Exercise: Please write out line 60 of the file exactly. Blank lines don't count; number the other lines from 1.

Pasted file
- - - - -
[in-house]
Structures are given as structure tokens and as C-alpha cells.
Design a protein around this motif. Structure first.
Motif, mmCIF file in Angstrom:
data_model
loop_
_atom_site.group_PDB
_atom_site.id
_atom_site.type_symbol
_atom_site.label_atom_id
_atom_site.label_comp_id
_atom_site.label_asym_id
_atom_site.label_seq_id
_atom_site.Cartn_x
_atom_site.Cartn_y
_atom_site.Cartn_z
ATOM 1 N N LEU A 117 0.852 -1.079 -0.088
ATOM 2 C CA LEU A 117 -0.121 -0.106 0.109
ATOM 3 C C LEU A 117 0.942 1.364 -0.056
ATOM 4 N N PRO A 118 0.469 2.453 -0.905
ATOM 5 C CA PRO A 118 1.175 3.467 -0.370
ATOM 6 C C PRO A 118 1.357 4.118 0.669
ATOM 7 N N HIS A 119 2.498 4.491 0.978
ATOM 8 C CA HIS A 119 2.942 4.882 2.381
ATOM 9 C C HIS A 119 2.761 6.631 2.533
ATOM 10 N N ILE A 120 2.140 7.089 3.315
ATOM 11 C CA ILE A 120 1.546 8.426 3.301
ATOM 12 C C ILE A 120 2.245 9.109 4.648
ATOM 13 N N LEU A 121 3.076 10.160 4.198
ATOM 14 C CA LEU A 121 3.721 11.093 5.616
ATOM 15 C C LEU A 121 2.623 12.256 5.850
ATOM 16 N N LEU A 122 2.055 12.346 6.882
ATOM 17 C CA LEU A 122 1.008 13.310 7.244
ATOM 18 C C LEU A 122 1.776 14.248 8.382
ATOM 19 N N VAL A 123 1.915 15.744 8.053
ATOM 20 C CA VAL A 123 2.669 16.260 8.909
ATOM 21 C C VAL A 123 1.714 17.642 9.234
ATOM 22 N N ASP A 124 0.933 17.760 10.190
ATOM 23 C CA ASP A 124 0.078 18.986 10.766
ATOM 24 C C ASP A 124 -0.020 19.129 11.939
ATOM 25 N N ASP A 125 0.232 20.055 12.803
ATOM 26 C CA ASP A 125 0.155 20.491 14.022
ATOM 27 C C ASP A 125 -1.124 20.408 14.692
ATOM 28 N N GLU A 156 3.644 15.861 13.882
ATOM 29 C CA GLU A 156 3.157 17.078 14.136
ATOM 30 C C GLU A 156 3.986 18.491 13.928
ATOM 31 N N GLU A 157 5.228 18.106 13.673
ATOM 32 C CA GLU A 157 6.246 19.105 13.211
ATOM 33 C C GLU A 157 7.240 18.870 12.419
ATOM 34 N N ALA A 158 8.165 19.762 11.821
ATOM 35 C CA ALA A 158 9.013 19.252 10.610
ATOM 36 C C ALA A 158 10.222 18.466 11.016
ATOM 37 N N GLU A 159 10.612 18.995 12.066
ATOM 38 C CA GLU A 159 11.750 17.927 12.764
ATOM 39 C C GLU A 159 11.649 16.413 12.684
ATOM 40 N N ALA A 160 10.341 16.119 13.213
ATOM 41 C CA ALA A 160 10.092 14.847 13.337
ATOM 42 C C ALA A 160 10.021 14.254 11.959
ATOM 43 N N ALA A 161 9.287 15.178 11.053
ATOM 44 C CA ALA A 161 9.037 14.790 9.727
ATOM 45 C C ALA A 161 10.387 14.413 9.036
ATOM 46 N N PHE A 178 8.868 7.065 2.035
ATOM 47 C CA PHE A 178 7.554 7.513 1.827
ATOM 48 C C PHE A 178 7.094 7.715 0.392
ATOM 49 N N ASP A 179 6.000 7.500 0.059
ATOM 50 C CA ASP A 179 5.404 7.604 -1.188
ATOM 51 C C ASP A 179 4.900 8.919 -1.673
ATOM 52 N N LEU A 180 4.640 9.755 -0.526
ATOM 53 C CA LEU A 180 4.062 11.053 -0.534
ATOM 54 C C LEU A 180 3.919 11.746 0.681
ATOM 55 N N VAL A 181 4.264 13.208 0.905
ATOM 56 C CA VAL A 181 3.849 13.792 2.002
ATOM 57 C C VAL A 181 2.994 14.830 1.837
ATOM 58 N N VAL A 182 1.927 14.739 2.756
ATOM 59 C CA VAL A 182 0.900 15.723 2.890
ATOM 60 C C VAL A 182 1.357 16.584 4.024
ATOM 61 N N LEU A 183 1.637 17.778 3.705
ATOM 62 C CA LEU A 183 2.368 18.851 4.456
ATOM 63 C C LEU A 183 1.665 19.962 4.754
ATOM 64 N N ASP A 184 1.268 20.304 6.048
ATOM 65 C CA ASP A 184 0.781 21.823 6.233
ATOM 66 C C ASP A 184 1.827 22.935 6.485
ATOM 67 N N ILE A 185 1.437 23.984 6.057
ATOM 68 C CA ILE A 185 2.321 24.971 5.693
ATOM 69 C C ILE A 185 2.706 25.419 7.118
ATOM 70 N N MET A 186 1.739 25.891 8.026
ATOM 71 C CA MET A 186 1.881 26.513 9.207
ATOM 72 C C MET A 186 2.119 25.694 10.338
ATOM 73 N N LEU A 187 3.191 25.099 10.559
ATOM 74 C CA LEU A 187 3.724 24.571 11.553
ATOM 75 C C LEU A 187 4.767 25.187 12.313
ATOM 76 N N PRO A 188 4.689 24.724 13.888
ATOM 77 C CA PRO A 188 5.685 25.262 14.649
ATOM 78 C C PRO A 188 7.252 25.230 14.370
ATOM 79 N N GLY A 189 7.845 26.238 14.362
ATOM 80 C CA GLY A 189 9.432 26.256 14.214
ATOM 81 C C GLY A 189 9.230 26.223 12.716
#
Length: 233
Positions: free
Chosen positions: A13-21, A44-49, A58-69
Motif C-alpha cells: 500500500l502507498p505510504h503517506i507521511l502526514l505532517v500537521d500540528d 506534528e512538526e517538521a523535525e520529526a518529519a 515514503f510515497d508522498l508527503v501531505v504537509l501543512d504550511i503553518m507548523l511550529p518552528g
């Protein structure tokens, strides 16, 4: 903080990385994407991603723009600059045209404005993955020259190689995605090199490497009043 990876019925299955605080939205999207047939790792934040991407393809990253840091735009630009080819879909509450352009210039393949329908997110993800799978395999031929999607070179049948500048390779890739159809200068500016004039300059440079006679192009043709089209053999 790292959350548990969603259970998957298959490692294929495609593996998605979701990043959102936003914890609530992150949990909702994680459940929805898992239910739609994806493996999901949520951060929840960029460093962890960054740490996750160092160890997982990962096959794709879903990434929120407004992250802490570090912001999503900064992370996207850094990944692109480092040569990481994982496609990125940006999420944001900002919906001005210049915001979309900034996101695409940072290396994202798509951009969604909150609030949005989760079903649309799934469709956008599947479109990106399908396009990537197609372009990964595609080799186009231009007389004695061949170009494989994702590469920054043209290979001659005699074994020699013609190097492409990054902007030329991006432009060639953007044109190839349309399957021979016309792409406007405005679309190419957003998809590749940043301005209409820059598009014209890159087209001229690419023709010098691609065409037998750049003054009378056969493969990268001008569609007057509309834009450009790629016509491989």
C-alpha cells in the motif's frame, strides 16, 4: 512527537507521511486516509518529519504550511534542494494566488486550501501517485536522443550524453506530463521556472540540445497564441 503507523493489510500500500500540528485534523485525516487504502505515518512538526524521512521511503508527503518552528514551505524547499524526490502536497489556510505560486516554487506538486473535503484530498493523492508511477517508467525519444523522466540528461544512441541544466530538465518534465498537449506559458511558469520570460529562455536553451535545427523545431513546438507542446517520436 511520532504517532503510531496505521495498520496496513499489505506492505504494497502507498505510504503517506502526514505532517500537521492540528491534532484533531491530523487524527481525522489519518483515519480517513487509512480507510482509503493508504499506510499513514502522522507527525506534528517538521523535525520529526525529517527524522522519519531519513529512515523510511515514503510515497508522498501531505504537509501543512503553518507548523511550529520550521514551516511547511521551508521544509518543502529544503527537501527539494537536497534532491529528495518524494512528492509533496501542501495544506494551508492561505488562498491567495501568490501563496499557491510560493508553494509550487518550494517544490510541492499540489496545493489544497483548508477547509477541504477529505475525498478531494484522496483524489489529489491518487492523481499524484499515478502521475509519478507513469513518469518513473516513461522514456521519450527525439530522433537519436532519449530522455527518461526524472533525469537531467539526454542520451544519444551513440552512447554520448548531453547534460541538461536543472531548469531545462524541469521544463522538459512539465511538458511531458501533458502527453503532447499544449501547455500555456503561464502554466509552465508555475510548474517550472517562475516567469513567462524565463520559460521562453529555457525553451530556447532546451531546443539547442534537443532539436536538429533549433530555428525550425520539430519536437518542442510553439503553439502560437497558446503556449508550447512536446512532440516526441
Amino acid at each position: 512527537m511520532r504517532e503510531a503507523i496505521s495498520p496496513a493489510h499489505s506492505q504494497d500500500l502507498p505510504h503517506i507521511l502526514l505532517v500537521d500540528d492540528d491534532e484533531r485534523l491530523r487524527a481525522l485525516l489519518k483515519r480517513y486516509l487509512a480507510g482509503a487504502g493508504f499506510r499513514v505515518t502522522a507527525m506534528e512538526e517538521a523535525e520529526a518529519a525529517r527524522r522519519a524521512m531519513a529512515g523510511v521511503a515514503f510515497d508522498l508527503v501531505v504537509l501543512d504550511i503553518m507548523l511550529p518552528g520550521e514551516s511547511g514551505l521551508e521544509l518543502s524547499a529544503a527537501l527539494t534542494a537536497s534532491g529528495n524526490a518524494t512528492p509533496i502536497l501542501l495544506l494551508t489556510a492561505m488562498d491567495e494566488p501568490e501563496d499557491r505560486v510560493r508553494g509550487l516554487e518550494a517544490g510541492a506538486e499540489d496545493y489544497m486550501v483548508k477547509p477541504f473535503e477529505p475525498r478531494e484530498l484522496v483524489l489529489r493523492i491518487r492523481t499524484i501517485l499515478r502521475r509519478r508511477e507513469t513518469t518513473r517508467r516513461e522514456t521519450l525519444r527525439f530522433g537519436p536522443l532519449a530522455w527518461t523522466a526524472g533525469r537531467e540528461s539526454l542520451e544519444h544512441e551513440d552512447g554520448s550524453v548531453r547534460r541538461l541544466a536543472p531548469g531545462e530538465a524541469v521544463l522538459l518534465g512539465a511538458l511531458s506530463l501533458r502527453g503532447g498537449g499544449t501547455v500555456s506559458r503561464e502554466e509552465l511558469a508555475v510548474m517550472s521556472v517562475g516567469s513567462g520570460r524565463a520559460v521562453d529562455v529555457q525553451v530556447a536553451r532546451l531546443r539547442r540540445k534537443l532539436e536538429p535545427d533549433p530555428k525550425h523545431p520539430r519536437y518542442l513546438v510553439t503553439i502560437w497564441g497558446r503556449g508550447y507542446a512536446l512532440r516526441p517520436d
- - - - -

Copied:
ATOM 44 C CA ALA A 161 9.037 14.790 9.727